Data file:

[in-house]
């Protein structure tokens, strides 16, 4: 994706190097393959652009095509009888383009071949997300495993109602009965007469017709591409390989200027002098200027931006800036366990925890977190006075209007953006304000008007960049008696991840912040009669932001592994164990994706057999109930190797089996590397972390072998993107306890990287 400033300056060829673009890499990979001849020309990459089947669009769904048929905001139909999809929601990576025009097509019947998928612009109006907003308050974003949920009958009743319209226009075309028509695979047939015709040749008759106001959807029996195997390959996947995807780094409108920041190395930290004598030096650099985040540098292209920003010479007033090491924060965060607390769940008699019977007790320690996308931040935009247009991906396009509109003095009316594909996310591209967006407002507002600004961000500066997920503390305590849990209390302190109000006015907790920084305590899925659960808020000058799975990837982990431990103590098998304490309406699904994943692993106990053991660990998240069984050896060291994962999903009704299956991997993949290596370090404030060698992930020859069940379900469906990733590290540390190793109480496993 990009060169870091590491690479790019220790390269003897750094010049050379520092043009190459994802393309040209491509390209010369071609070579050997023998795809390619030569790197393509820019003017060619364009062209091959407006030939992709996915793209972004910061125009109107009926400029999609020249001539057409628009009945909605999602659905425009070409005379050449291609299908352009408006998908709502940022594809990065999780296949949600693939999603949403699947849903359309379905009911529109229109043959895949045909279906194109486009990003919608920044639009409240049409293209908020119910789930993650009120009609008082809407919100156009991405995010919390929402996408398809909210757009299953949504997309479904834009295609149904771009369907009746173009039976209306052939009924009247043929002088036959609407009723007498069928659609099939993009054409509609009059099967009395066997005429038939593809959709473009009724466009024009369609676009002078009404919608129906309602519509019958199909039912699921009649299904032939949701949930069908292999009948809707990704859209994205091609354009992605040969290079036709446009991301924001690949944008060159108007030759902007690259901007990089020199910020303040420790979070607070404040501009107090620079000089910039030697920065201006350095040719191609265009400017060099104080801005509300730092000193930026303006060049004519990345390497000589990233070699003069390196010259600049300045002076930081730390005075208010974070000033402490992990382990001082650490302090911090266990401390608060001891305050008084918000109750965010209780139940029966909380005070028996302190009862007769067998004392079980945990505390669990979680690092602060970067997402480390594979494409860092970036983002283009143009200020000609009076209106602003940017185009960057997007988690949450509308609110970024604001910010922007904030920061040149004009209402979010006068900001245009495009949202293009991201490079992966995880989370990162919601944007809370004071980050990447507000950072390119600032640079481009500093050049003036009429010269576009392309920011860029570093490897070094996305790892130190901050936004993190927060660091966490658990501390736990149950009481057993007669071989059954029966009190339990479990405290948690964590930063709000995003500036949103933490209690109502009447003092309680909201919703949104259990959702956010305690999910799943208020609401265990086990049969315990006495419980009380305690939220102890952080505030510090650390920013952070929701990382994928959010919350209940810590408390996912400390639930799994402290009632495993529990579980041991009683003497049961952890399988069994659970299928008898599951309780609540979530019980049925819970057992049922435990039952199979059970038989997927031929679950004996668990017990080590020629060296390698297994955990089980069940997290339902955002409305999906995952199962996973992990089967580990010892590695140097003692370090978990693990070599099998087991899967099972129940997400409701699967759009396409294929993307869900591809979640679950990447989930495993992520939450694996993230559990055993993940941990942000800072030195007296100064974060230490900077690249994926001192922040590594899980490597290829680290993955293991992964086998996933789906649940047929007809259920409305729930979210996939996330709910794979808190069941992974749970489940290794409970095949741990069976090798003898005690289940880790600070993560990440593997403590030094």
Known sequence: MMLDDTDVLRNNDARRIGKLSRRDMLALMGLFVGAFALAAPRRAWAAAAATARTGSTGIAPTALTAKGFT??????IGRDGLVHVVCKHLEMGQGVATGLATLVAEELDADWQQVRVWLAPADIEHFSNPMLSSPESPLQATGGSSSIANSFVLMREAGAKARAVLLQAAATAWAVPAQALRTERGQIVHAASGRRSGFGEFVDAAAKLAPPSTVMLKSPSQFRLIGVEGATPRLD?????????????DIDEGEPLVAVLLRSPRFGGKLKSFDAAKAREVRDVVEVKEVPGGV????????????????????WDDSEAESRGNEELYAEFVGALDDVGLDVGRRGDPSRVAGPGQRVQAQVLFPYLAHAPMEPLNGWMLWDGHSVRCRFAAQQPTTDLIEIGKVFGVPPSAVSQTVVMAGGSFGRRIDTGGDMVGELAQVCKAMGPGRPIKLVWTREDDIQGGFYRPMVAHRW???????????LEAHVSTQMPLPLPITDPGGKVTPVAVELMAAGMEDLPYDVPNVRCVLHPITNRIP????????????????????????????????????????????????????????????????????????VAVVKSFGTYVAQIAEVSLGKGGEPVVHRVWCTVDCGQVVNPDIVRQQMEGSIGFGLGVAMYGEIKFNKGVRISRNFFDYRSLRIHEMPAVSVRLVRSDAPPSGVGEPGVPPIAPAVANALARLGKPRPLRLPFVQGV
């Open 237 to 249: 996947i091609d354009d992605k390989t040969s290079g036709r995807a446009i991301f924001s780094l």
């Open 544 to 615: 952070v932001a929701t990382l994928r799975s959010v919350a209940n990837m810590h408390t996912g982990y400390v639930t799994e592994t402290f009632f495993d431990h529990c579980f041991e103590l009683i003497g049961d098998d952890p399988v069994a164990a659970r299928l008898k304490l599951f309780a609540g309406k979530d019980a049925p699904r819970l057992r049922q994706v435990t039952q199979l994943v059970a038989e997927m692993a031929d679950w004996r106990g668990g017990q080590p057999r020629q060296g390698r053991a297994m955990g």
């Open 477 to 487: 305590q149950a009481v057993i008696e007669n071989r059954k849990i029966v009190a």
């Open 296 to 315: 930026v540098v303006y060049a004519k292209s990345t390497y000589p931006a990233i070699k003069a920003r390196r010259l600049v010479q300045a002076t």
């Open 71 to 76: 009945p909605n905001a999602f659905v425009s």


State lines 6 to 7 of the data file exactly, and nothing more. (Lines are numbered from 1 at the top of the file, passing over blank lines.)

């Open 477 to 487: 305590q149950a009481v057993i008696e007669n071989r059954k849990i029966v009190a």
């Open 296 to 315: 930026v540098v303006y060049a004519k292209s990345t390497y000589p931006a990233i070699k003069a920003r390196r010259l600049v010479q300045a002076t």